For example, let’s see what people say about BBC –> http://creative-mobs.com/portal/tag/bbc
    What about Headshift ? –>
    http://creative-mobs.com/portal/tag/headshift
    Much better yet to come.
    Please feel free to contact me if necessary.

  2. By karl long on June 7, 2005 at 7:02 pm

    Great stuff, initiatives like this are going to continue to change the way people related to organizations. These tools that enable customers to actually be part of an organizations value network are so powerful that many traditional companies are going to get severely sideswiped. I’m also super impressed that the beeb open sourced its content.
    So was headshift actually involved in getting the BBC to start backstage?

  3. By Lee Bryant on June 8, 2005 at 11:38 am

    Thanks Stephane and Karl.
    Stephane: will take a look.
    Karl: We too are impressed by the BBC’s attitude towards innovation and dedlivering public value, but Backstage was a purely internal initiative – we can’t take credit for that!

  4. By Seb's Open Research on June 19, 2005 at 7:17 am

    Top Three Links I Always Wanted to Blog (But Somehow Couldn’t)

    OK, let’s face it, for far too long I’ve not been mindful of lesson 1 of blogging : Do not put off the important posts.

  5. By Tom Morris on July 1, 2005 at 3:01 pm

    Neat idea. Why not make import del.icio.us tags in to the BBC articles?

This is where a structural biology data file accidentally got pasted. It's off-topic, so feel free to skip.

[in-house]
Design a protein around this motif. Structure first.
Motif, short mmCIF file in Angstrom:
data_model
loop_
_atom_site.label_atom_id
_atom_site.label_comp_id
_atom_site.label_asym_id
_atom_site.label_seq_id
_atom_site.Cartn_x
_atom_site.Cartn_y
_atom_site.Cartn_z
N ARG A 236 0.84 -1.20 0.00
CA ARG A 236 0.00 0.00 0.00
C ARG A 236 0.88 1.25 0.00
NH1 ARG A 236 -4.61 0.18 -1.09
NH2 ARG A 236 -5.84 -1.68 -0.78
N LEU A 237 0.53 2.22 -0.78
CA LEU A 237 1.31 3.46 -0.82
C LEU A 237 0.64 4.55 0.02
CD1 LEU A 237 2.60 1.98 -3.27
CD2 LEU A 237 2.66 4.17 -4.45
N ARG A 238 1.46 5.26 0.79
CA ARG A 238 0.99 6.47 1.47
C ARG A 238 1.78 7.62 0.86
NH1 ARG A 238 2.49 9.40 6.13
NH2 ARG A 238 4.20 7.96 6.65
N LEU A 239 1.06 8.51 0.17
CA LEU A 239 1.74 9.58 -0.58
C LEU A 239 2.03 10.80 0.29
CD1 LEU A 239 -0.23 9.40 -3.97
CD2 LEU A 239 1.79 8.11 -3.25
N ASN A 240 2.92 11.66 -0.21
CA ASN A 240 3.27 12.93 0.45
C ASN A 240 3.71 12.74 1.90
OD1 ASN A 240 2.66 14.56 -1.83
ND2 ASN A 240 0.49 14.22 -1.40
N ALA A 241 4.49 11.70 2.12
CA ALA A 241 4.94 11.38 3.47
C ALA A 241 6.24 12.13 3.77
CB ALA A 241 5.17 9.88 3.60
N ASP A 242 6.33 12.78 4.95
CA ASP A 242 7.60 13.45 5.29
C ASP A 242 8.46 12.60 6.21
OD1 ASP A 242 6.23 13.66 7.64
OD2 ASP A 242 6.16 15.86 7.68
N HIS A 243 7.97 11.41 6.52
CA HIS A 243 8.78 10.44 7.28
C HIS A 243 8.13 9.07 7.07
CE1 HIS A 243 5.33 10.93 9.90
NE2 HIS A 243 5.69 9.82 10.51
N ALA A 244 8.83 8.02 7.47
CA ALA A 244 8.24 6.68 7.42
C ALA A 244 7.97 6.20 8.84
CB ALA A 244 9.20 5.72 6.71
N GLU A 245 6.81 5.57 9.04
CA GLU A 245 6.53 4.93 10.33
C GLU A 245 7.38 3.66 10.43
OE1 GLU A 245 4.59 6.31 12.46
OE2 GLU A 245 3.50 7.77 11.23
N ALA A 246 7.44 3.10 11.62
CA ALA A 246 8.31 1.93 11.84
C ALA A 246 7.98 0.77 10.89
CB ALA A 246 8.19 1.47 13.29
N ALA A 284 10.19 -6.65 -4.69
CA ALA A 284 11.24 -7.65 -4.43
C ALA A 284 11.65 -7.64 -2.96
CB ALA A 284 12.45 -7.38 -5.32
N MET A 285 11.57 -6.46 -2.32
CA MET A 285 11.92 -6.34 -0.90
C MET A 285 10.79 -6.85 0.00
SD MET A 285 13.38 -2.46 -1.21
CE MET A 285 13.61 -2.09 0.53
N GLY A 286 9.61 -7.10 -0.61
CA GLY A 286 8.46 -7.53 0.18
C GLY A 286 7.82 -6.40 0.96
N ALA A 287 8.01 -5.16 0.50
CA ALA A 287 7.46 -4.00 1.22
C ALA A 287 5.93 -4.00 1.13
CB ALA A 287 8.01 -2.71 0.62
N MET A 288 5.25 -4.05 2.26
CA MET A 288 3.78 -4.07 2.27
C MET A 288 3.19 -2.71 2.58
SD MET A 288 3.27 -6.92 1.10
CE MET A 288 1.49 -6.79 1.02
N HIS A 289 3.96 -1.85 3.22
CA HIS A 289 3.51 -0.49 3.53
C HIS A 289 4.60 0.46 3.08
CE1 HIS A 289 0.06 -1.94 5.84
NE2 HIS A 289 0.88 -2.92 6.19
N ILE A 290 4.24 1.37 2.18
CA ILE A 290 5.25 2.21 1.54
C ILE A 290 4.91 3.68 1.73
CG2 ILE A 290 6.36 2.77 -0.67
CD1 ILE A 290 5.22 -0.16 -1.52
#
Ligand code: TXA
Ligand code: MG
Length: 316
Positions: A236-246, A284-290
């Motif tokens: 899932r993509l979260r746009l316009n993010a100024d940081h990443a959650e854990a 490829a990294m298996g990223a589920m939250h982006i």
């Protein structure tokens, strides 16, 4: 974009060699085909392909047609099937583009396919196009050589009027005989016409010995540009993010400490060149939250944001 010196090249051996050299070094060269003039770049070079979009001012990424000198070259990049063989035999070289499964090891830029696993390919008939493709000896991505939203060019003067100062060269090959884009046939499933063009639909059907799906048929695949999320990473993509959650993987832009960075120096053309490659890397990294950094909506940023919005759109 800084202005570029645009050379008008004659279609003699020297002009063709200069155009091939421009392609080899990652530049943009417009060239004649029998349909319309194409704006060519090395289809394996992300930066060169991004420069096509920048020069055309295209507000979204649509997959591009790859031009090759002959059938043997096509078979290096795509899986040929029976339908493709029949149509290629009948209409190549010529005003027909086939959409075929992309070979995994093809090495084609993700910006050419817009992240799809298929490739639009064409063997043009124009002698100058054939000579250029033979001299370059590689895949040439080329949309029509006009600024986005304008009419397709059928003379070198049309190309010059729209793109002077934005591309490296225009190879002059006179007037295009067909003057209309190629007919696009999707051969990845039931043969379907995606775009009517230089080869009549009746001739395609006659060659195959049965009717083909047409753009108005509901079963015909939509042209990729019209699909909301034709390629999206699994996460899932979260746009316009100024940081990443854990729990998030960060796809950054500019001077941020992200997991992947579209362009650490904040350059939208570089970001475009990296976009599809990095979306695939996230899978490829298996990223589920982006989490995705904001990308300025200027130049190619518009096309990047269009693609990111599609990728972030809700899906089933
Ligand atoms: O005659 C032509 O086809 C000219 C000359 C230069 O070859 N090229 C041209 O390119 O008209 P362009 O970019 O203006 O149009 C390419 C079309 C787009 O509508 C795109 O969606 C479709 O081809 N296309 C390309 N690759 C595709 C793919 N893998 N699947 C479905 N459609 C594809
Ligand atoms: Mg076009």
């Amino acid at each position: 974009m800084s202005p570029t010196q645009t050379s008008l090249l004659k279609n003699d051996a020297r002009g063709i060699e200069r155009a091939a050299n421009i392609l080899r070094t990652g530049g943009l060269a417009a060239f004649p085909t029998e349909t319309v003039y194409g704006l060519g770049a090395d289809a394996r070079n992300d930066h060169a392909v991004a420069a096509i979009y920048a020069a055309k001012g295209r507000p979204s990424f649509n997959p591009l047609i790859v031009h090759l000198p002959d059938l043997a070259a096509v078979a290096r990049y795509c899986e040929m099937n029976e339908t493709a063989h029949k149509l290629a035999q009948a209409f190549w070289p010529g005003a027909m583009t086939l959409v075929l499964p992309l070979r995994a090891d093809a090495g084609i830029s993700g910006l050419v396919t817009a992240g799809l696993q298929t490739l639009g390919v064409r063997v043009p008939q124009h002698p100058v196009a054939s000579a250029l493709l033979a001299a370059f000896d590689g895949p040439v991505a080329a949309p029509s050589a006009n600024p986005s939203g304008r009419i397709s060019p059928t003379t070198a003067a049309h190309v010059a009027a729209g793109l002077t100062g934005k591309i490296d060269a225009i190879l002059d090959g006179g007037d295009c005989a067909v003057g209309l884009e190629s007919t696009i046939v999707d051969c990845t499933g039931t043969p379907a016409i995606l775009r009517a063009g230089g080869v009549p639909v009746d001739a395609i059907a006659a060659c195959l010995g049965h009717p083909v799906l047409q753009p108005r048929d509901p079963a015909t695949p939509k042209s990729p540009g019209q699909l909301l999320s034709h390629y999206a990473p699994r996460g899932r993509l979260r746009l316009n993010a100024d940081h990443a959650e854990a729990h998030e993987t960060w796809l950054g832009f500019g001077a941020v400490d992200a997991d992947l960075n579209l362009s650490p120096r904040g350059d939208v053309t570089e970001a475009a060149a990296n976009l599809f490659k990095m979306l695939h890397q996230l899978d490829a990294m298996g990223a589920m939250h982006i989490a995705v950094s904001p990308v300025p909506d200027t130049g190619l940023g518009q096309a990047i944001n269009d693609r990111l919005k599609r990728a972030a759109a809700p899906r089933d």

6. By luisdans's WebLog on August 31, 2005 at 2:44 am

    Agosto 30, 2005. Madurez de diversas tecnologías emergentes: Maquinas virtuales personales, holografía, etc…

    Seguridad: Varias pepitas de oro este mes, como la presentación de Cesar Cerrudo en Seguridad…

  7. By Ton's Interdependent Thoughts on October 12, 2005 at 9:07 am

    BBC goes Slashdot

    Ben Metcalfe reports BBC going Slashdot. After already experimenting with tagging (as Lee showed us in Copenhagen, and which you can testdrive at Headshift’s BBC mock-up here) the BBC is now opening up their Have Your Say section to a…

  8. By Ton's Interdependent Thoughts on October 12, 2005 at 9:14 am

    BBC goes Slashdot

    Ben Metcalfe reports BBC going Slashdot. After already experimenting with tagging (as Lee showed us in Copenhagen, and which you can testdrive at Headshift’s BBC mock-up here) the BBC is now opening up their Have Your Say section to a…

  9. By Confluence: Project News on March 31, 2006 at 1:28 pm

    BBC Backstage

    BBC Backstage news Site:

  10. By jeremy hight on September 30, 2006 at 3:00 am

    an amazing idea here….one that needs to be implemented…..I love how the bbc is open to such experimentation…..I first came here because my work “floating points, locative media and the iss” is one of the links here.
    I think this is a brilliant taste of the future (hopefully near future) and I applaud headshift and the bbc for this and what I am sure will be its non beta form soon.